This is the granddaddy of all issues-in-separate-branch systems.

git-issues

https://github.com/jwiegley/git-issues

I have my own version with an attempt to bring a little bit of sanity to the code on https://gitlab.com/mcepl/git-issues but truly, one should use gitissius instead.

git-case

http://dist-bugs.branchable.com/people/bartman/git-case/ and https://github.com/bartman/git-case

Looks like yet another bugs-stored-in-hidden-directory issue tracker. Also, it is dead (last commit is four years old).

stick

http://www.eharning.us/wiki/stick/, unfortunately the link to the code gives 404.

SD

https://lwn.net/Articles/434922/ and http://syncwith.us/sd/

Not part of any DVCS, distributed only the meaning that it is based on the distributed database Prophet. There is a nice discussion by Lars Wirzenius why he believes that’s The Right Thing™ to do, and why bugs shouldn’t be stored in the repository itself.

Artemis

http://www.mrzv.org/software/artemis/ ... Mercurial extension, doesn’t work with git.

Completely dead projects

DisTract Linuxmafia article has this to say about it:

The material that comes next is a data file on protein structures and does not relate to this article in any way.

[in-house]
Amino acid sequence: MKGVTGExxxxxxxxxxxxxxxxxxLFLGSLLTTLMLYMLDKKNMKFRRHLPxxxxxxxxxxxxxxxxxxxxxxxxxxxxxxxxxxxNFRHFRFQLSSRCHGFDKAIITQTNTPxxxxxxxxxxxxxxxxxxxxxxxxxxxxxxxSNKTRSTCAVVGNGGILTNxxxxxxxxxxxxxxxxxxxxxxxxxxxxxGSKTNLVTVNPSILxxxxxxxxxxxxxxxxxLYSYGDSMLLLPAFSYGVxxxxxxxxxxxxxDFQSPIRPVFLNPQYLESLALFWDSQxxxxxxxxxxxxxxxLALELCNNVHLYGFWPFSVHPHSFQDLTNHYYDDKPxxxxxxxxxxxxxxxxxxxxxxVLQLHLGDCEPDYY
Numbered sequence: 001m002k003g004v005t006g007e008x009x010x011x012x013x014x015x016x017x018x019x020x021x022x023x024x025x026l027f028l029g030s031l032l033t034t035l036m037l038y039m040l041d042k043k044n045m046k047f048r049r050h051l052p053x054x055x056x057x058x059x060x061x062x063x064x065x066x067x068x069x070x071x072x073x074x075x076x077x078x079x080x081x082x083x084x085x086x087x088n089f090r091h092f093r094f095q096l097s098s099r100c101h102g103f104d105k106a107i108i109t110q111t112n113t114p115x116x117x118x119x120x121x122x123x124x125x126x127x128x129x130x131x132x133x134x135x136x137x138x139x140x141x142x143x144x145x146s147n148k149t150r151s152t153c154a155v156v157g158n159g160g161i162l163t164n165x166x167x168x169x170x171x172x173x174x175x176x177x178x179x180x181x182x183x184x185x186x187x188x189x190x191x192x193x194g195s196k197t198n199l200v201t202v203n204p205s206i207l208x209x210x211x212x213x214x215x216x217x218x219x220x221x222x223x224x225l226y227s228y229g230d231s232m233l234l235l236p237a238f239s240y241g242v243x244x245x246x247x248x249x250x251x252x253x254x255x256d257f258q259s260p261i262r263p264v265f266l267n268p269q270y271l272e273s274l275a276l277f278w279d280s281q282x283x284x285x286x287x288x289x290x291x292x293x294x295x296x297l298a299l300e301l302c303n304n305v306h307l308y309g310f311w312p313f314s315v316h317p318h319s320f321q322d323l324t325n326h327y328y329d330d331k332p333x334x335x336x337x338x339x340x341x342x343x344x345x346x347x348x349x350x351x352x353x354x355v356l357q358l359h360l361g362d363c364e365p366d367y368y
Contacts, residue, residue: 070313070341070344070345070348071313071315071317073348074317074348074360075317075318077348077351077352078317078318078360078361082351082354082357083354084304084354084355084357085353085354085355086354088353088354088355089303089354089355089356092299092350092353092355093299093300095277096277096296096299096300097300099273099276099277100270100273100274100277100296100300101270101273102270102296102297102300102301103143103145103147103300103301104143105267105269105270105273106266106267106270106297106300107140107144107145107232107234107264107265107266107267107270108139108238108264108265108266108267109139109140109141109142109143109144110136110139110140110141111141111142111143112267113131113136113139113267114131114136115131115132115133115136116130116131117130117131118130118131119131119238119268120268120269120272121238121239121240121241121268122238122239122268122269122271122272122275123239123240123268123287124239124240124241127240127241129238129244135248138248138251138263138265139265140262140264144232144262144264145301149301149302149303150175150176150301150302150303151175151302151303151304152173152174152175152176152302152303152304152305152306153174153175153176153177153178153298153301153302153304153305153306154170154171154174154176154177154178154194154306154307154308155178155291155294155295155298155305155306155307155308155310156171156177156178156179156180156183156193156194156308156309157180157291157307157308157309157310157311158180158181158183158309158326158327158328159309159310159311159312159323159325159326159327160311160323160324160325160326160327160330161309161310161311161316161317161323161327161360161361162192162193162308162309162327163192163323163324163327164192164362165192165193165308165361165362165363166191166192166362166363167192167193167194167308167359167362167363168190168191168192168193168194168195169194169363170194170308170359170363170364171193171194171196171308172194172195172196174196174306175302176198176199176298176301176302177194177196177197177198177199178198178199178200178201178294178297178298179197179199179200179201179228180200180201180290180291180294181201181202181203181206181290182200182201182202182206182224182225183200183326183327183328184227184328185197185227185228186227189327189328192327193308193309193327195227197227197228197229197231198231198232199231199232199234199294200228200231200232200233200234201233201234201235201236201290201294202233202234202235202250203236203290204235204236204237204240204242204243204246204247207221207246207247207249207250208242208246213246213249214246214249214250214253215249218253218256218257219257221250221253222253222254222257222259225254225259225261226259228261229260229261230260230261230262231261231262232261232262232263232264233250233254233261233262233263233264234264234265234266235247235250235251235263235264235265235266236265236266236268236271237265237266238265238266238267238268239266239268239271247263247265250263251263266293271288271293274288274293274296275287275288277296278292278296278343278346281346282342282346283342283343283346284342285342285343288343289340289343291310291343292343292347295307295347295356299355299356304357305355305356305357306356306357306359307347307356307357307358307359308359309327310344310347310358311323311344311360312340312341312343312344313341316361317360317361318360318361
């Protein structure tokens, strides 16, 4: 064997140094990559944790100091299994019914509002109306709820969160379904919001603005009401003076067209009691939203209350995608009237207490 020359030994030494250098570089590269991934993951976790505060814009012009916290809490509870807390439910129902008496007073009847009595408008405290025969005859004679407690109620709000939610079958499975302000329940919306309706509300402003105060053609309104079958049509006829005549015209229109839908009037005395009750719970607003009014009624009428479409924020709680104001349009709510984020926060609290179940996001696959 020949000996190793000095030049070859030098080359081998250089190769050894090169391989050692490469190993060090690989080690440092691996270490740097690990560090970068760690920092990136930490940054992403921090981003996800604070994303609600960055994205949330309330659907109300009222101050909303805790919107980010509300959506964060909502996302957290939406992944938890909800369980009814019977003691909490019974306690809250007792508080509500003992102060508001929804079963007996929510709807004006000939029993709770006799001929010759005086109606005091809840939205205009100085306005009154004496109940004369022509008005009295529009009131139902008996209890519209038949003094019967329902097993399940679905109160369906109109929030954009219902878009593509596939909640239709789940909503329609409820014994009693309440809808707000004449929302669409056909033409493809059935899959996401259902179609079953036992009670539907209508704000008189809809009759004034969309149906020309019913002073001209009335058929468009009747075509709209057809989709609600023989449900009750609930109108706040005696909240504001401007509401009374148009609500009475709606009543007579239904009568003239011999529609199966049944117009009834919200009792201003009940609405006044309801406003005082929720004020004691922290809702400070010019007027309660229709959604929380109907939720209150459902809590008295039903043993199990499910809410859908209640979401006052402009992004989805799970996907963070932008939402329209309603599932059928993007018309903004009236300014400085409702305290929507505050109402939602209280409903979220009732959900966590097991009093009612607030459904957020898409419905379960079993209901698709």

We're all now familiar with working with distributed software control systems, such as Monotone, Git, Darcs, Mercurial and others, but bug trackers still seem to be fully stuck in the centralised model: Bugzilla and Trac both have single centralised servers. This is clearly wrong, as if you're able to work on the Train, off the network and still perform local commits of code then surely you should also be able to locally close bugs too.

DisTract allows you to manage bugs in a distributed manner through your Web browser. Currently only Firefox is supported. The reason for this is that there is no local server used, and so the Web browser must directly (via Javascript) call programs on your local system. I only know how to do this in Firefox. The distribution is achieved by making use of a distributed software control system, Monotone. Thus Monotone is used to move files across the network, perform merging operations and track the development of every bug. Finally, the glue in the middle that generates the HTML summaries and modifies the bugs is written in Haskell.

Other features include the use of Markdown markup syntax for bug descriptions and comments, with live preview via a Javascript implementation of Markdown.

Code is Haskell and Javascript. New BSD licence.

Category: computer Tagged: Fedora DVCS issue tracking bugs git